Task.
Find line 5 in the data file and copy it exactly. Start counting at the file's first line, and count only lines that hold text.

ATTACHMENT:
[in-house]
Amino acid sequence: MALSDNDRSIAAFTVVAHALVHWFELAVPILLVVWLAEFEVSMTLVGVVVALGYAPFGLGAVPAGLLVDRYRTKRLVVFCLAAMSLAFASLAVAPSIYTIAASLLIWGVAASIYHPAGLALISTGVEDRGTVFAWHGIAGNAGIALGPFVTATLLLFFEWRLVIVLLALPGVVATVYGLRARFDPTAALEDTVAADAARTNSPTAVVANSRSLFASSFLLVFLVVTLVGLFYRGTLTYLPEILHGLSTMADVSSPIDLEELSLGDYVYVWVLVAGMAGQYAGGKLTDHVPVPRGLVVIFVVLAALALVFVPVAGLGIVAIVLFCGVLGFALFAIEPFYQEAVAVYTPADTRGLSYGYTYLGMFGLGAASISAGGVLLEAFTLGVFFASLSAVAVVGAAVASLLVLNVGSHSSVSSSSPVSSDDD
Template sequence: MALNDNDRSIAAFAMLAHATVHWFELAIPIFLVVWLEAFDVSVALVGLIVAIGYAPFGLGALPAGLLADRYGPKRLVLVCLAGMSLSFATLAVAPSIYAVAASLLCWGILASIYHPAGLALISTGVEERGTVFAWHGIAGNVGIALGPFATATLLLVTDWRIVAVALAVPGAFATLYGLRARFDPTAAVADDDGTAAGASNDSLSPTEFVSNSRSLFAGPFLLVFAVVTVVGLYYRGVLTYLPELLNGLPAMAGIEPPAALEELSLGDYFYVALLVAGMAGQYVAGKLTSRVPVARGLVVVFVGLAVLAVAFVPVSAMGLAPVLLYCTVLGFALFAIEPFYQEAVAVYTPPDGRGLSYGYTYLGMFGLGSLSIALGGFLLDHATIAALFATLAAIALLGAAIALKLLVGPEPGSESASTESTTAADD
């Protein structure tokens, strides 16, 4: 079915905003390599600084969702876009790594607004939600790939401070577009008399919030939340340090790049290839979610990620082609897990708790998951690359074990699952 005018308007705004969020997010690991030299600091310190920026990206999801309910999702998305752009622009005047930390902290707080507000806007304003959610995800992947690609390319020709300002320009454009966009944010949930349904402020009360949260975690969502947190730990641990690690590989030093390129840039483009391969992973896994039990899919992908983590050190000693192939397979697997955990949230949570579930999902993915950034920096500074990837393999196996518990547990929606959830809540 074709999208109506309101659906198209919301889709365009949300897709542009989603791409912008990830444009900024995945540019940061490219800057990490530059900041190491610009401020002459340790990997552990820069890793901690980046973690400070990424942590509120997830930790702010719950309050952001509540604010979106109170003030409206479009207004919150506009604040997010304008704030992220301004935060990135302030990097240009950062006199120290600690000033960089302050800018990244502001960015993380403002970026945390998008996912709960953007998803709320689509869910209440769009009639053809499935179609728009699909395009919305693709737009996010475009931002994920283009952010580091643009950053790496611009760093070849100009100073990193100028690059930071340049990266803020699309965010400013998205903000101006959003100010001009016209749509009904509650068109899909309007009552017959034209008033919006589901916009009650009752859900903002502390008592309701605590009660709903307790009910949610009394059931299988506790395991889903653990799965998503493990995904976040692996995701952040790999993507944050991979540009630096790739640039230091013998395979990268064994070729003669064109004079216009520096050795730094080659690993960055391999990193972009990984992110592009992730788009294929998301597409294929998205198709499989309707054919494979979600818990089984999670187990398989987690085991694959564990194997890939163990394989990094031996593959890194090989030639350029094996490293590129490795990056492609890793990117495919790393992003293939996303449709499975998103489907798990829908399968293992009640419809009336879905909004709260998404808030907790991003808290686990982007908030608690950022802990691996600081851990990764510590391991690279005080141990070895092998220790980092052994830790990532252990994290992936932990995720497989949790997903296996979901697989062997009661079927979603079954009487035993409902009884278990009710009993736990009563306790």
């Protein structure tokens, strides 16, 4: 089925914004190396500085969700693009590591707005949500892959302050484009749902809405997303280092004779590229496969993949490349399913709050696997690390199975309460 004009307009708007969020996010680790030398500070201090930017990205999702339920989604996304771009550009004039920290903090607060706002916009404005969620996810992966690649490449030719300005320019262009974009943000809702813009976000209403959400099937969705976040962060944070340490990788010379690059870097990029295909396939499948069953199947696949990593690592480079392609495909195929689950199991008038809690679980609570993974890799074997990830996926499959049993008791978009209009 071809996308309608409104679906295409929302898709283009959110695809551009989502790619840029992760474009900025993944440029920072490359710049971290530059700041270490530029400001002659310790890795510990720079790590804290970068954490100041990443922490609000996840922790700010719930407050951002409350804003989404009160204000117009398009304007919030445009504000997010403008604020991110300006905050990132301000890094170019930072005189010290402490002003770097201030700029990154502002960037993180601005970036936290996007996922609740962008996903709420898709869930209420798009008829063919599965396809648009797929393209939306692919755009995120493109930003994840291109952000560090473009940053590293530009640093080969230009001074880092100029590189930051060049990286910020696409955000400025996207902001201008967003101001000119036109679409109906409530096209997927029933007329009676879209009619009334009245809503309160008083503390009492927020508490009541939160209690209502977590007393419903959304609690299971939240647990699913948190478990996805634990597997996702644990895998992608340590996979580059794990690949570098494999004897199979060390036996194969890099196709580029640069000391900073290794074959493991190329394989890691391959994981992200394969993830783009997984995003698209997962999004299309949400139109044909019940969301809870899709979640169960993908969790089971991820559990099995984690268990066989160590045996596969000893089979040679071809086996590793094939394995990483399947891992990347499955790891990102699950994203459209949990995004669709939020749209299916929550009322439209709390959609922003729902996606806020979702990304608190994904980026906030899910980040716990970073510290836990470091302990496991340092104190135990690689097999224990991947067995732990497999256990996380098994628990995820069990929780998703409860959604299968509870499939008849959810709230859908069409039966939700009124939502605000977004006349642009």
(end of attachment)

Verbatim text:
């Protein structure tokens, strides 16, 4: 089925914004190396500085969700693009590591707005949500892959302050484009749902809405997303280092004779590229496969993949490349399913709050696997690390199975309460 004009307009708007969020996010680790030398500070201090930017990205999702339920989604996304771009550009004039920290903090607060706002916009404005969620996810992966690649490449030719300005320019262009974009943000809702813009976000209403959400099937969705976040962060944070340490990788010379690059870097990029295909396939499948069953199947696949990593690592480079392609495909195929689950199991008038809690679980609570993974890799074997990830996926499959049993008791978009209009 071809996308309608409104679906295409929302898709283009959110695809551009989502790619840029992760474009900025993944440029920072490359710049971290530059700041270490530029400001002659310790890795510990720079790590804290970068954490100041990443922490609000996840922790700010719930407050951002409350804003989404009160204000117009398009304007919030445009504000997010403008604020991110300006905050990132301000890094170019930072005189010290402490002003770097201030700029990154502002960037993180601005970036936290996007996922609740962008996903709420898709869930209420798009008829063919599965396809648009797929393209939306692919755009995120493109930003994840291109952000560090473009940053590293530009640093080969230009001074880092100029590189930051060049990286910020696409955000400025996207902001201008967003101001000119036109679409109906409530096209997927029933007329009676879209009619009334009245809503309160008083503390009492927020508490009541939160209690209502977590007393419903959304609690299971939240647990699913948190478990996805634990597997996702644990895998992608340590996979580059794990690949570098494999004897199979060390036996194969890099196709580029640069000391900073290794074959493991190329394989890691391959994981992200394969993830783009997984995003698209997962999004299309949400139109044909019940969301809870899709979640169960993908969790089971991820559990099995984690268990066989160590045996596969000893089979040679071809086996590793094939394995990483399947891992990347499955790891990102699950994203459209949990995004669709939020749209299916929550009322439209709390959609922003729902996606806020979702990304608190994904980026906030899910980040716990970073510290836990470091302990496991340092104190135990690689097999224990991947067995732990497999256990996380098994628990995820069990929780998703409860959604299968509870499939008849959810709230859908069409039966939700009124939502605000977004006349642009």